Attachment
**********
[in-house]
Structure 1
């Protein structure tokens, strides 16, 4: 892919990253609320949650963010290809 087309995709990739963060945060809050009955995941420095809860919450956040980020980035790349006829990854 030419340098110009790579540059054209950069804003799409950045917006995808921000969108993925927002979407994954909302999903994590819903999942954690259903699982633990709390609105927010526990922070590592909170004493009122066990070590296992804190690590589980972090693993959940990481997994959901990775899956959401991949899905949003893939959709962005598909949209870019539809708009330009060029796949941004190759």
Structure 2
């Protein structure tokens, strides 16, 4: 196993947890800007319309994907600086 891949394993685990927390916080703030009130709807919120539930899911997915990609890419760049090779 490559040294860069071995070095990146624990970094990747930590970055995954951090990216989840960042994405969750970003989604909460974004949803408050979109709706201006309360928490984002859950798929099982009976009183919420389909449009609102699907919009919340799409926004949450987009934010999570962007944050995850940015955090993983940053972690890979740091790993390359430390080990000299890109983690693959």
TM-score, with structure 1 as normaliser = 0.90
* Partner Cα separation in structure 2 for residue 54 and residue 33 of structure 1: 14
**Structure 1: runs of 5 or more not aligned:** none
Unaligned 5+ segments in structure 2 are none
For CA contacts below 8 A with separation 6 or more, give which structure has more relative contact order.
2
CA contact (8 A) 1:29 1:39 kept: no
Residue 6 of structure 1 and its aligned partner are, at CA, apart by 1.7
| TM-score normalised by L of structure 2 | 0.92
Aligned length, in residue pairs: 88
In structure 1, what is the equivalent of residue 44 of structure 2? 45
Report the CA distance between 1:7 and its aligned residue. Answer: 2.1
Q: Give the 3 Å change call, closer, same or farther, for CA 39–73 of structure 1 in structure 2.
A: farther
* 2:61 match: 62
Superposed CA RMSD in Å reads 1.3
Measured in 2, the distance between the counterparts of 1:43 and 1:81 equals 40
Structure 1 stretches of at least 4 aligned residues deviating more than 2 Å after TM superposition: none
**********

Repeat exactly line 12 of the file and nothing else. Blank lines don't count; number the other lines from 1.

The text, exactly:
CA contact (8 A) 1:29 1:39 kept: no